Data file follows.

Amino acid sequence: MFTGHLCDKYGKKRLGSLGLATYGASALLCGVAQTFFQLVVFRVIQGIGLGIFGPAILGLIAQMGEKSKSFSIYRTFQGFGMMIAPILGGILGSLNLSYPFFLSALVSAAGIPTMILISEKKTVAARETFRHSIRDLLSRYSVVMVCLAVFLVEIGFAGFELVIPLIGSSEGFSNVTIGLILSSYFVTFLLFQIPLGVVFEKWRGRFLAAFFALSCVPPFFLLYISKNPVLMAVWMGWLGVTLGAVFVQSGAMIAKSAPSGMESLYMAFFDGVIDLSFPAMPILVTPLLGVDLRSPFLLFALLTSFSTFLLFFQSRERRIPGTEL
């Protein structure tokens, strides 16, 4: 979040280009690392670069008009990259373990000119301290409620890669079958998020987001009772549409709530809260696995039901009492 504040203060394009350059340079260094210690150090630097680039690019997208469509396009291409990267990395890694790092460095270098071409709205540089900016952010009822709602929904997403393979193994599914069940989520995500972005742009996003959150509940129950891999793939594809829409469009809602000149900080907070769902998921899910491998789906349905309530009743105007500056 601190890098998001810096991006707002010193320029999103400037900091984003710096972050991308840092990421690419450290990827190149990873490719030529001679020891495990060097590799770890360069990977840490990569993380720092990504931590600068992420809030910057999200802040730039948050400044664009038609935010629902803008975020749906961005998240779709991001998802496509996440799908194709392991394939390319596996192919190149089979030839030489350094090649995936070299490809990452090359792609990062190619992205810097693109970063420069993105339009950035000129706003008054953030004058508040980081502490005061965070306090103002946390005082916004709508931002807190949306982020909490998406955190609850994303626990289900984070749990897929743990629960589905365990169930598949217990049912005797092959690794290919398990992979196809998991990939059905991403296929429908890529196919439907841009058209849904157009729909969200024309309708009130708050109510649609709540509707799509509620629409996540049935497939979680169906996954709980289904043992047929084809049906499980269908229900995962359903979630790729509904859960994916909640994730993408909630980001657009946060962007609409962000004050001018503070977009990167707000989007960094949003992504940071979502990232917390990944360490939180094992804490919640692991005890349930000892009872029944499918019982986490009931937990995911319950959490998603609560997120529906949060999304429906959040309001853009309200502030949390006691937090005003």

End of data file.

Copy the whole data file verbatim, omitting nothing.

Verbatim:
Amino acid sequence: MFTGHLCDKYGKKRLGSLGLATYGASALLCGVAQTFFQLVVFRVIQGIGLGIFGPAILGLIAQMGEKSKSFSIYRTFQGFGMMIAPILGGILGSLNLSYPFFLSALVSAAGIPTMILISEKKTVAARETFRHSIRDLLSRYSVVMVCLAVFLVEIGFAGFELVIPLIGSSEGFSNVTIGLILSSYFVTFLLFQIPLGVVFEKWRGRFLAAFFALSCVPPFFLLYISKNPVLMAVWMGWLGVTLGAVFVQSGAMIAKSAPSGMESLYMAFFDGVIDLSFPAMPILVTPLLGVDLRSPFLLFALLTSFSTFLLFFQSRERRIPGTEL
């Protein structure tokens, strides 16, 4: 979040280009690392670069008009990259373990000119301290409620890669079958998020987001009772549409709530809260696995039901009492 504040203060394009350059340079260094210690150090630097680039690019997208469509396009291409990267990395890694790092460095270098071409709205540089900016952010009822709602929904997403393979193994599914069940989520995500972005742009996003959150509940129950891999793939594809829409469009809602000149900080907070769902998921899910491998789906349905309530009743105007500056 601190890098998001810096991006707002010193320029999103400037900091984003710096972050991308840092990421690419450290990827190149990873490719030529001679020891495990060097590799770890360069990977840490990569993380720092990504931590600068992420809030910057999200802040730039948050400044664009038609935010629902803008975020749906961005998240779709991001998802496509996440799908194709392991394939390319596996192919190149089979030839030489350094090649995936070299490809990452090359792609990062190619992205810097693109970063420069993105339009950035000129706003008054953030004058508040980081502490005061965070306090103002946390005082916004709508931002807190949306982020909490998406955190609850994303626990289900984070749990897929743990629960589905365990169930598949217990049912005797092959690794290919398990992979196809998991990939059905991403296929429908890529196919439907841009058209849904157009729909969200024309309708009130708050109510649609709540509707799509509620629409996540049935497939979680169906996954709980289904043992047929084809049906499980269908229900995962359903979630790729509904859960994916909640994730993408909630980001657009946060962007609409962000004050001018503070977009990167707000989007960094949003992504940071979502990232917390990944360490939180094992804490919640692991005890349930000892009872029944499918019982986490009931937990995911319950959490998603609560997120529906949060999304429906959040309001853009309200502030949390006691937090005003």